For architecture and urban space to have relevance in the 21st Century, we cannot merely reignite the approaches of thought and design that were operative in the last century. This is despite, or because of, the nexus between politics and space often being theorized as a representation or by-product of politics. As a symbol or an effect, the spatial dimension is depoliticized. Consequently, architecture and the urban are halted from fostering any systematic change as they are secondary to the event and therefore incapable of performing any political role. This handbook explores how architecture and urban space can unsettle the unquestioned construct of the spatial politics of governing.

Considering both ongoing and unprecedented global problems – from violence and urban warfare, the refugee crisis, borderization, detention camps, terrorist attacks to capitalist urbanization, inequity, social unrest and climate change – this handbook provides a comprehensive and multidisciplinary research focused on the complex nexus of politics, architecture and urban space. Volume I starts by pointing out the need to explore the politics of spatialization to make sense of the operational nature of spatial oppression in contemporary times. The operative and active political reading of space is disseminated through five thematics: Violence and War Machines; Security and Borders; Race, Identity and Ideology; Spectacle and the Screen; and Mapping Landscapes and Big Data.

This first volume of the handbook frames cutting-edge contemporary debates and presents studies of actual theories and projects that address spatial politics. This Handbook will be of interest to anyone seeking to meaningfully disrupt the reduction of space to an oppressive or neutral backdrop of political realities.

part I|26 pages


chapter 1|24 pages

Spatialization of oppression

Contemporary politics of architecture and the urban

part II|100 pages

Violence and war machines

chapter 3|12 pages

The rise of zoöpolitics

On urbanism and warfare

chapter 4|19 pages

The 2015 Paris terrorist attack

A threat to urban life and territorial integrity

chapter 5|18 pages

Whose vision, which city?

Planning and unseeing in urban Asia

chapter 6|13 pages

Architecture as infrastructure

The spatial politics of extractivism

chapter 7|20 pages

Manus Prison

The brutality of offshore detention

part III|94 pages

Security and borders

chapter 9|15 pages

Dialogic dilemmas

Citizen participation in built environment alterations in Malmö, Sweden

chapter 10|16 pages

Regenerating Shanghai through urban spatial design?

The limits to experimentalism and participation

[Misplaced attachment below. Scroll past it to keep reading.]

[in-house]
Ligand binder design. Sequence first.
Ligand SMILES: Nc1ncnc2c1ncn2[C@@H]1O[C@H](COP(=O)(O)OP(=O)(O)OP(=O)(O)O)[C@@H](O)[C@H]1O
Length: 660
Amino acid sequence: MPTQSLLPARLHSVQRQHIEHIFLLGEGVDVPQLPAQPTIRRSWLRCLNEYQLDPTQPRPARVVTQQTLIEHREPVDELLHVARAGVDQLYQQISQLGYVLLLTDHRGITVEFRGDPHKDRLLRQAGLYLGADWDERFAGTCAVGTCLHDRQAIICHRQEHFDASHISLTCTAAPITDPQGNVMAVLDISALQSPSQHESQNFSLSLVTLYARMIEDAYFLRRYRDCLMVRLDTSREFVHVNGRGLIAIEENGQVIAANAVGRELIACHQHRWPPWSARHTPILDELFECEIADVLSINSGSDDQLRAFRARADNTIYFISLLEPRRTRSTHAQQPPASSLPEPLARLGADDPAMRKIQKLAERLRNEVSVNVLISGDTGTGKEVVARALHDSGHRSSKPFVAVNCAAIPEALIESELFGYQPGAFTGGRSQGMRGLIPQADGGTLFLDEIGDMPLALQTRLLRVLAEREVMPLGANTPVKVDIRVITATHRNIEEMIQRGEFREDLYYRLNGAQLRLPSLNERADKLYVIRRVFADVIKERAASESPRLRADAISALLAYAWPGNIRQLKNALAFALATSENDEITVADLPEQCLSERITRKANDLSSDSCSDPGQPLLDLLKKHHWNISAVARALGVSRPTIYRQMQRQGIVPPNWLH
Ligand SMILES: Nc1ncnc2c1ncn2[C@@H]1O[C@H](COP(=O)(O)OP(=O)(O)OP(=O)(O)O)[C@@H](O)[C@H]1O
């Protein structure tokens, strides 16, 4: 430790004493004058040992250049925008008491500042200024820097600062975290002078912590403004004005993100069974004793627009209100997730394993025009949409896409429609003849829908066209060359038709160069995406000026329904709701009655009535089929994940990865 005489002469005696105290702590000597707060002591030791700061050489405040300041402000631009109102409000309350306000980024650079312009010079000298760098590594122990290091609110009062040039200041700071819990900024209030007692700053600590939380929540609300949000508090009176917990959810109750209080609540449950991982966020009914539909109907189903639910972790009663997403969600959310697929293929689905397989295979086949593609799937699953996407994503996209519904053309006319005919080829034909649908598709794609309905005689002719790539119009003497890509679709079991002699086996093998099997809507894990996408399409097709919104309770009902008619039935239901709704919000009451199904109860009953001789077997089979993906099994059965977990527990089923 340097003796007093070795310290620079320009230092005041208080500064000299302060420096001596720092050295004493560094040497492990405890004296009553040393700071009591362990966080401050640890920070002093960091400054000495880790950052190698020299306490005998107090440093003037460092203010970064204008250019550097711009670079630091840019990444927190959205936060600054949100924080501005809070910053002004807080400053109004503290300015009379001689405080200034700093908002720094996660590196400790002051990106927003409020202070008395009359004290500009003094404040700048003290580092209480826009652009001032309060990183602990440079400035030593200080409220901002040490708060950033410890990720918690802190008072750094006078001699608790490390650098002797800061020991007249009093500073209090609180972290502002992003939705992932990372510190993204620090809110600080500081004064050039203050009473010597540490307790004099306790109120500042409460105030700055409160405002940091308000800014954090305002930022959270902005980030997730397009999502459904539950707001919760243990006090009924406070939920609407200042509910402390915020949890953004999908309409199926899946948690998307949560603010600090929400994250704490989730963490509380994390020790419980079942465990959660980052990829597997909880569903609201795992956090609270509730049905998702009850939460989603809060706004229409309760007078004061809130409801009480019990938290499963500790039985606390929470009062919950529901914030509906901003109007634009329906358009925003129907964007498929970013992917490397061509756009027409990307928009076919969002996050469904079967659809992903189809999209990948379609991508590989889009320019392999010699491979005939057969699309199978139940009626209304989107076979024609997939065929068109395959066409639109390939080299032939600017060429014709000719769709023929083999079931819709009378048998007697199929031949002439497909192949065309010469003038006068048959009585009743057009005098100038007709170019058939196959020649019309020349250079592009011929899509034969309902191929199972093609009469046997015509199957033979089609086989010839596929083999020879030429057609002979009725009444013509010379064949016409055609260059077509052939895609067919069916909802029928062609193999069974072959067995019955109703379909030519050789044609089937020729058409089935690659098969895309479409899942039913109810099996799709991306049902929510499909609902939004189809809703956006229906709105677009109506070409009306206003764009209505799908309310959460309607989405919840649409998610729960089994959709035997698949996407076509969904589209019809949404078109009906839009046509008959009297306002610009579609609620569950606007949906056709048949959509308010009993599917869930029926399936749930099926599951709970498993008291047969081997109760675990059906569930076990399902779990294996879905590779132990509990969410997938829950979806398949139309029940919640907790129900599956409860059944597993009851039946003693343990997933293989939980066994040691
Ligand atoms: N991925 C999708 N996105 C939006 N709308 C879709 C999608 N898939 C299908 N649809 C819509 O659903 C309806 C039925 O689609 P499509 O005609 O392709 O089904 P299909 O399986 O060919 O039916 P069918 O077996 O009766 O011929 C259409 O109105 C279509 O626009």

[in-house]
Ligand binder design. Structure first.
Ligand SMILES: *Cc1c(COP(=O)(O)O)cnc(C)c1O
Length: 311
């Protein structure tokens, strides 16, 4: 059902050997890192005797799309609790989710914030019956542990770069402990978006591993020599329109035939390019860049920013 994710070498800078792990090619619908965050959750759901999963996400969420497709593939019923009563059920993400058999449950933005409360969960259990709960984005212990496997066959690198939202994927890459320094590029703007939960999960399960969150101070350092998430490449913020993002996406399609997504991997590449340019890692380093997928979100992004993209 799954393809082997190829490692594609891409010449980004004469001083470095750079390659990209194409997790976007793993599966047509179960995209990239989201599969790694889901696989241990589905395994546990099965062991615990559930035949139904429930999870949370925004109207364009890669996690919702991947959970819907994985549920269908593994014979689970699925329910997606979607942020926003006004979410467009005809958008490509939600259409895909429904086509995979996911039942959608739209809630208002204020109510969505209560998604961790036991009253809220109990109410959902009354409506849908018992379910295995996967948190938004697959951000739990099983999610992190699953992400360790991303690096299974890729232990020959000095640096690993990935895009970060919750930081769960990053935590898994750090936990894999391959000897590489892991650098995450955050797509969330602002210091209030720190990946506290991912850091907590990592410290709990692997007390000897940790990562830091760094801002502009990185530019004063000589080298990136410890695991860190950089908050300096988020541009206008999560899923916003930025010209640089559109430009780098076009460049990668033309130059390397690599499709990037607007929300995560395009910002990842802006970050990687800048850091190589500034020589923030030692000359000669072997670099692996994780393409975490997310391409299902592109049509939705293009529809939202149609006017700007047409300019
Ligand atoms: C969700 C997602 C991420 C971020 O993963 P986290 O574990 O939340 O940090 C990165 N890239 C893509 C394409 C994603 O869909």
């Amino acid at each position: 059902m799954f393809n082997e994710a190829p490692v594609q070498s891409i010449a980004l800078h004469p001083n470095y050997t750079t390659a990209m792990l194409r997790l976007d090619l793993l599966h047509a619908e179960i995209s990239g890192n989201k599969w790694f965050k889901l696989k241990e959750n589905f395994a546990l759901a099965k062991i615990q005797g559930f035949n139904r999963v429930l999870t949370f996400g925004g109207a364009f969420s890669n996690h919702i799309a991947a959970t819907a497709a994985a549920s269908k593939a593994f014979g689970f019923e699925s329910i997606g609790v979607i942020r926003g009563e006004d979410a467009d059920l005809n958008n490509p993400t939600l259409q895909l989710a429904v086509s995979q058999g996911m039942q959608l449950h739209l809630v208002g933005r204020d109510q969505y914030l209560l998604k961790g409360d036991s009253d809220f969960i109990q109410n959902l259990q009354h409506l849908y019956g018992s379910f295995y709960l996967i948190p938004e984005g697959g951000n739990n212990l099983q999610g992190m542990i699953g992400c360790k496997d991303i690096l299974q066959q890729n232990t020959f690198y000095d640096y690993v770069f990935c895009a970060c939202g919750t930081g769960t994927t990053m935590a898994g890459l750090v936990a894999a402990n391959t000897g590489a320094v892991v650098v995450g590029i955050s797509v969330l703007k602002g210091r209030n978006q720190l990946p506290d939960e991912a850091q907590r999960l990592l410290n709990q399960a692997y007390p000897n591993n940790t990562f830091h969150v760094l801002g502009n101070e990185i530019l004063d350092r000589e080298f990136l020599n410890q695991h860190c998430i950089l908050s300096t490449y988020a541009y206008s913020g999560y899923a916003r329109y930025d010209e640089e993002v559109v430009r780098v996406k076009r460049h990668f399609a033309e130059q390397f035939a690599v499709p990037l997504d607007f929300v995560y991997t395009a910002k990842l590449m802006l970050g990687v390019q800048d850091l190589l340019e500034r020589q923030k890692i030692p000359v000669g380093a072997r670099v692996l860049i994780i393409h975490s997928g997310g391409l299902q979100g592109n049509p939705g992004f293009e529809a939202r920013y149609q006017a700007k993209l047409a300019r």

chapter 11|16 pages

The city and the camp

Destabilizing a spatial-political dichotomy

chapter 13|18 pages

Belfast's ‘peace walls'

How the politics and policy of 1969–1971 shaped the city's contemporary ‘interface areas'

part IV|96 pages

Race, identity and ideology

chapter 15|17 pages

The space of labor

Racialization and ethnicization of Port Kembla, Australia

chapter 16|17 pages

The audit

Perils and possibilities for contesting oppression in the heritage landscape

chapter 17|18 pages

The persistent design-politics of race

Power and ideology in American public housing redevelopment

chapter 18|16 pages

The socialist past is a foreign country

Mass housing and uses of heritage in contemporary Eastern Europe

chapter 19|16 pages

Collectivity and privacy in housing

Path dependencies and limited choices

part V|98 pages

Spectacle and the screen

chapter 21|16 pages

A ‘crisis' of indeterminacy in the architectural photograph

Architectural spectacle and everyday life in the photography of Lacaton & Vassal's Coutras House

chapter 22|15 pages

Mediated spectacles

Urban representation and far-right propaganda in crisis Athens

chapter 23|18 pages

Street protest and its representations

Urban dissidence in Iran

chapter 24|16 pages

Western fantasy and tropical nightmare

Spectacular architecture and urban warfare in Rio

chapter 25|20 pages

The political construction of Medellín's global image

Strategies of replacement, erasure and disconnection via urban and architectural interventions

part VI|94 pages

Mapping landscapes and big data

chapter 27|19 pages

The sociocultural construction of urban wasteland

Mapping of the Antwerp Southside

chapter 28|17 pages

Brownfields as climate colonialism

Land reuse and development divides

chapter 30|17 pages

Infrastructures of urban simulation

Digital twins, virtual humans and synthetic populations

chapter 31|13 pages

Posthuman urbanism

Datafication, algorithmic governance and Covid-19

part VII|18 pages


chapter 32|16 pages


Critical mappings of spatial politics and aesthetics